H&R Block Falls Most Ever as Simpler Tax Code Weakens ForecastBy and
Tax adviser plans to change pricing since code less complex
Shares dropped as much as 21% following Tuesday earnings call
Not all corporations are happy about President Donald Trump’s tax overhaul: H&R Block Inc. shares plunged after an earnings call revealed that one of the main provisions in the law could limit how much the tax adviser charges customers.
H&R Block dropped as much as 21 percent on Wednesday -- the most ever -- after its sales forecast disappointed. Management said it expects 2019 revenue of $3.05 billion to $3.1 billion. The average analyst estimate for the period was $3.14 billion.
Trump’s overhaul slashed the corporate tax rate to 21 percent from 35 percent. But for H&R Block, the provision in the law that doubles the standard deduction for individual taxpayers could ultimately hurt its business. The number of U.S. tax returns H&R Block prepared increased by 2.5 percent last year compared to the prior year, but its pricing is contingent upon the complexity of the filing.
The tax overhaul is expected to sharply reduce the number of Americans who tend to have more complicated returns because they itemize their deductions. That’s because the law doubles the standard deduction to $12,000 for single filers and $24,000 for couples, while also eliminating or limiting deductions. Employees can no longer deduct unreimbursed work expenses, such as union dues, travel expenses, and home offices. Deductions for state and local taxes are capped at $10,000.
“We do price on complexity and there are certain clients that because of the standard deduction change mainly would have been paying a lower price,” H&R Block Chief Executive Officer Jeffrey Jones told analysts Tuesday. “We took that into account thinking about our overall pricing approach to the upcoming season.”
Most of the new law’s provisions took effect on Jan. 1, but most taxpayers won’t notice until they file their returns in early 2019.
The bleak sales guidance is a sign that a simpler tax code has taken a “bite out of the company’s future prospects,” said BTIG analyst Mark Palmer.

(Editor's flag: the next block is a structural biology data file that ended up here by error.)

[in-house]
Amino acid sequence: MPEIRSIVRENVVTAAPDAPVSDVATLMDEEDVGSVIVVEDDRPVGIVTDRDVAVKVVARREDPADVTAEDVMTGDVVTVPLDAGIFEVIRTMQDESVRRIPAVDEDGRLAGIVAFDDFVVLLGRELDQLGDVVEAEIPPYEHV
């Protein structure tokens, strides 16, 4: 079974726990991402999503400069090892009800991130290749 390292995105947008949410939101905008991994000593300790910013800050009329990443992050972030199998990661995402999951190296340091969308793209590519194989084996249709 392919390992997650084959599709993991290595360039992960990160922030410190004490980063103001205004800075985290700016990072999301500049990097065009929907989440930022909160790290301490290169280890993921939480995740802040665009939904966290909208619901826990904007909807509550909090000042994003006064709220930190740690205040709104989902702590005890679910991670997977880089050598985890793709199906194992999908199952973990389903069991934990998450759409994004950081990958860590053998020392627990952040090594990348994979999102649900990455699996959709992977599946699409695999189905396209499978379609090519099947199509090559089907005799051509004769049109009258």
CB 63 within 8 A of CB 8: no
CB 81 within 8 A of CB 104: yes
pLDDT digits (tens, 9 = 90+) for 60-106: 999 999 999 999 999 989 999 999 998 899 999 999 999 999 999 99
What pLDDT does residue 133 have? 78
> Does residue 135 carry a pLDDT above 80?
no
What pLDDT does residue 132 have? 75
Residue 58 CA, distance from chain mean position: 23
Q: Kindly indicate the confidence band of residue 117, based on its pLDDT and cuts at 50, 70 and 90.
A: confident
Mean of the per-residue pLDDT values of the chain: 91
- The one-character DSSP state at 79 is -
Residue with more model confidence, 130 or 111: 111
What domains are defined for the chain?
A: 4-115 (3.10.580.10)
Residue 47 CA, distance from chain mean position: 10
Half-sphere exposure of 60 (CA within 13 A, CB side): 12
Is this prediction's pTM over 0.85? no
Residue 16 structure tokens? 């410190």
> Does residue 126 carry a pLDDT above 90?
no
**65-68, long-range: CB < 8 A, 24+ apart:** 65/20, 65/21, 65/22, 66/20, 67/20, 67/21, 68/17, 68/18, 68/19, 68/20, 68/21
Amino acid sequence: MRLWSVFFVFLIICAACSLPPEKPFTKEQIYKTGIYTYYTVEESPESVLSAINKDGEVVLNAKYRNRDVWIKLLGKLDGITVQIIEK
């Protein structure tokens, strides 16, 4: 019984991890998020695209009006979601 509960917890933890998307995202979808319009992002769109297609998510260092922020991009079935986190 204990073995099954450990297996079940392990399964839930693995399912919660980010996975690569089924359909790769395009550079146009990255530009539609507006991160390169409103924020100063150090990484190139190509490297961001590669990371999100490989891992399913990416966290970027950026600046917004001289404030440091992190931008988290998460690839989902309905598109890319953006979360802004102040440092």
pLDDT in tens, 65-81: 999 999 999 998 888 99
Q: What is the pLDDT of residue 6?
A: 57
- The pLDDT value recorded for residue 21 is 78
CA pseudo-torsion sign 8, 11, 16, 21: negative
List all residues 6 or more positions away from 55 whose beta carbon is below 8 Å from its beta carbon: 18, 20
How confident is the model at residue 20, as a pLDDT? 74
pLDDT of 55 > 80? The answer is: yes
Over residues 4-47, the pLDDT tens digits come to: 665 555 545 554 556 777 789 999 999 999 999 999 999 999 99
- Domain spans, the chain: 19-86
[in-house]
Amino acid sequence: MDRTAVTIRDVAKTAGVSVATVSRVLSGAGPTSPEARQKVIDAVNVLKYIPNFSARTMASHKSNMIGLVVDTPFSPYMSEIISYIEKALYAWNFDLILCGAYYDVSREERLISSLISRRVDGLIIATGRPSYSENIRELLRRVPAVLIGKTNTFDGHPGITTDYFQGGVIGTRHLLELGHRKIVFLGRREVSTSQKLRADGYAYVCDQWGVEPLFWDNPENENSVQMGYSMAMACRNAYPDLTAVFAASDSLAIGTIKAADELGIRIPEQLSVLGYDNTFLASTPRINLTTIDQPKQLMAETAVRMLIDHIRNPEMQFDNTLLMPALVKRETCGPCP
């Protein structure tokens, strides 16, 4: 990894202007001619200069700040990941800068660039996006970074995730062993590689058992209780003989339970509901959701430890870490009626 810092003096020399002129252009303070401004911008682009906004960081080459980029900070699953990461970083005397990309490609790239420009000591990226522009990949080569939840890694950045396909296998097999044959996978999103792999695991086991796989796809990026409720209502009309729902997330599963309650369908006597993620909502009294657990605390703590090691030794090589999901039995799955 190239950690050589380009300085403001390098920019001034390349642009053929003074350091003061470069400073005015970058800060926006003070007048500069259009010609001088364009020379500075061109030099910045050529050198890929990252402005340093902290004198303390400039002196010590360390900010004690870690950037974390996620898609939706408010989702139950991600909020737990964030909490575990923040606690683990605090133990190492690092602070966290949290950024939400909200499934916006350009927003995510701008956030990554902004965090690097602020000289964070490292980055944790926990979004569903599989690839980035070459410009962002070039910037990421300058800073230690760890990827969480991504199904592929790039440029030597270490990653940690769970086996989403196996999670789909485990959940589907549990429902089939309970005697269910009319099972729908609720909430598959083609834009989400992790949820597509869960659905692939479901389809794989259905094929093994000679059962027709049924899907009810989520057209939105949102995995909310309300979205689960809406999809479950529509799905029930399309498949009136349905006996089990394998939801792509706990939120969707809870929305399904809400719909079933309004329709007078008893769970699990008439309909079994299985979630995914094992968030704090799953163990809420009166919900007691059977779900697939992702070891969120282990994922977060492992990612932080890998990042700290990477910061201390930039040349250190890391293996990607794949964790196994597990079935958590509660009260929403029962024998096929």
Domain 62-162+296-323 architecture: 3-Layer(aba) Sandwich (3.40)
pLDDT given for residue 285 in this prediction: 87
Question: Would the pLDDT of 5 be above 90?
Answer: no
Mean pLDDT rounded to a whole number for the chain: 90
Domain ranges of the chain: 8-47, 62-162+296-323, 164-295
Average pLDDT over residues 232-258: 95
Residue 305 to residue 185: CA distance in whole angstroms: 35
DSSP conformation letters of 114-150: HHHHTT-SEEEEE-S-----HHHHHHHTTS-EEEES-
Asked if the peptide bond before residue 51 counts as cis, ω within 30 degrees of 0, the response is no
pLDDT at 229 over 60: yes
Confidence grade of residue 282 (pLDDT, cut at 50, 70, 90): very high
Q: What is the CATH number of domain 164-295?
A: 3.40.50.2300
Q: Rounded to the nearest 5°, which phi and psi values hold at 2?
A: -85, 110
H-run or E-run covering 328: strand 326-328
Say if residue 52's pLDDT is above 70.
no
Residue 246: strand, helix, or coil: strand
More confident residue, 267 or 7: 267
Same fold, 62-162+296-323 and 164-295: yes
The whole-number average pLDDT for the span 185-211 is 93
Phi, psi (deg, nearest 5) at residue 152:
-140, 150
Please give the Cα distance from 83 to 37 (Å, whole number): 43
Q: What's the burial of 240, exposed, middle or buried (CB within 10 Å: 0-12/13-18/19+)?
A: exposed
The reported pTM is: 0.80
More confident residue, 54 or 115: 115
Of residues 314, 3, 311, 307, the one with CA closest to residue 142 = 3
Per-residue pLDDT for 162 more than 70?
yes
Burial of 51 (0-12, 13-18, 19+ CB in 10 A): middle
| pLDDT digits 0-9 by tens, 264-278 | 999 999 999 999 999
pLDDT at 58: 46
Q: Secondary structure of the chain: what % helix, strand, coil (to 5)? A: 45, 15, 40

Still, Republican lawmakers fell short of their goal of simplifying the tax code so that every American could file on a postcard. Filing taxes could get more complicated for some, especially upper-income Americans trying to qualify for a new deduction for pass-through business owners. But those taxpayers generally don’t use H&R Block’s tax preparation help.
Most of H&R Block’s revenue comes from offering one-on-one tax preparation assistance. While software like Turbotax, owned by Intuit Inc., makes it possible to do taxes at home, most Americans still turn to a professional at tax time. This year, according to Internal Revenue Service statistics, 57 percent of e-filed tax returns have come through tax professionals.
Despite the tax overhaul, “we definitely still see viability and growth in the assisted tax preparation business,” Jones said, adding that the vast majority of Americans already take the standard deduction.
The White House Council of Economic Advisers estimated in November that doubling the standard deduction amounts would prompt the share of itemizers to drop to 8 percent, from 26 percent.
H&R Block shares had increased 13 percent this year through Tuesday’s close. Despite the rally, company insiders hadn’t sold on strength. Management and board members haven’t disposed of any shares in 2018.
The Kansas City, Missouri based company’s stock had been one of the most shorted in the S&P 500 Index through the end of May. Short interest as a percent of equity float was 11.17 percent, the 26th highest value among the benchmark index’s members.
— With assistance by Felice Maranz